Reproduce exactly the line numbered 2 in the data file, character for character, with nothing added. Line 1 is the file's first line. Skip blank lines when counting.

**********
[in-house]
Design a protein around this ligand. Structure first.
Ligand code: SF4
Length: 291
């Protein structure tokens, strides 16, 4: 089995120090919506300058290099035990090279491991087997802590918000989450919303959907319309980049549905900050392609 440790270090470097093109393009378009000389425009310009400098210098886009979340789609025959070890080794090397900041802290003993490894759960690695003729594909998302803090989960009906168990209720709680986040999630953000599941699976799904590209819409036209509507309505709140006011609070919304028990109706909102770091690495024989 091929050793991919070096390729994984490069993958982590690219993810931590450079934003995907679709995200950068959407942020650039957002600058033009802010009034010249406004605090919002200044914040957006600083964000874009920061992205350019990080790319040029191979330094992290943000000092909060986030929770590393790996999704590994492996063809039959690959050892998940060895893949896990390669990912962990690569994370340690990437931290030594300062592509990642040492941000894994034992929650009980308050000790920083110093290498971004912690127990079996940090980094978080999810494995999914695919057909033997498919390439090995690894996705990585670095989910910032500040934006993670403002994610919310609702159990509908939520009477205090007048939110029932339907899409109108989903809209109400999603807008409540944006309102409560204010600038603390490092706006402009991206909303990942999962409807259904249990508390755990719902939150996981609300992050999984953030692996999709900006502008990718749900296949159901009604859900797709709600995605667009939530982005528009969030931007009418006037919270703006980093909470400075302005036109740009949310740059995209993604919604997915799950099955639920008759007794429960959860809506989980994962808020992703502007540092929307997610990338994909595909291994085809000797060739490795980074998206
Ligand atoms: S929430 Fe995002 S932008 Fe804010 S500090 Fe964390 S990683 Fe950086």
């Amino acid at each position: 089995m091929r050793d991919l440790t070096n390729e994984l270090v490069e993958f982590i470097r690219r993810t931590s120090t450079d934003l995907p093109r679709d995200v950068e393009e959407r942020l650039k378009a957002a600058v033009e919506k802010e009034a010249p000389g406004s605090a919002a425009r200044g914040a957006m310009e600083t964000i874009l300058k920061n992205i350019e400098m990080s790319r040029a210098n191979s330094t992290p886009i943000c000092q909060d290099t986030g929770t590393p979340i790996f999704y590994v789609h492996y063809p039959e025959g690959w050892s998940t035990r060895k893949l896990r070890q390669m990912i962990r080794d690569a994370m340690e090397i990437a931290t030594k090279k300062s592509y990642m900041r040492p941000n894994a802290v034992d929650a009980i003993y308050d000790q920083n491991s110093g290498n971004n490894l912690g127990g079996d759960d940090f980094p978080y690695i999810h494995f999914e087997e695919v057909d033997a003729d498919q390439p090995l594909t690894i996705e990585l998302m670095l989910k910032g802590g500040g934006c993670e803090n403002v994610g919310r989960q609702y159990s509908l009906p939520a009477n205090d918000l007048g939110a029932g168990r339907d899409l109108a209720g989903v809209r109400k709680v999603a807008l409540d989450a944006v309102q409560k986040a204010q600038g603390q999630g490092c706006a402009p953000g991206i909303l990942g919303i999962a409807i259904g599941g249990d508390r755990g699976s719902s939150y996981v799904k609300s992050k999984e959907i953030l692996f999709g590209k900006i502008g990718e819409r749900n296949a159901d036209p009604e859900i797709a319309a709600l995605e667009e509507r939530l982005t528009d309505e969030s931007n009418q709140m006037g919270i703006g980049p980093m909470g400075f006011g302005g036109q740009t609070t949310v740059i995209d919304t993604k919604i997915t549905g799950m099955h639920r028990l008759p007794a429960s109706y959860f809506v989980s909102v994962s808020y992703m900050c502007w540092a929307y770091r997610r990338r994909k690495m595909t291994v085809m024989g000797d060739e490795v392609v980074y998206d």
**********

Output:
Design a protein around this ligand. Structure first.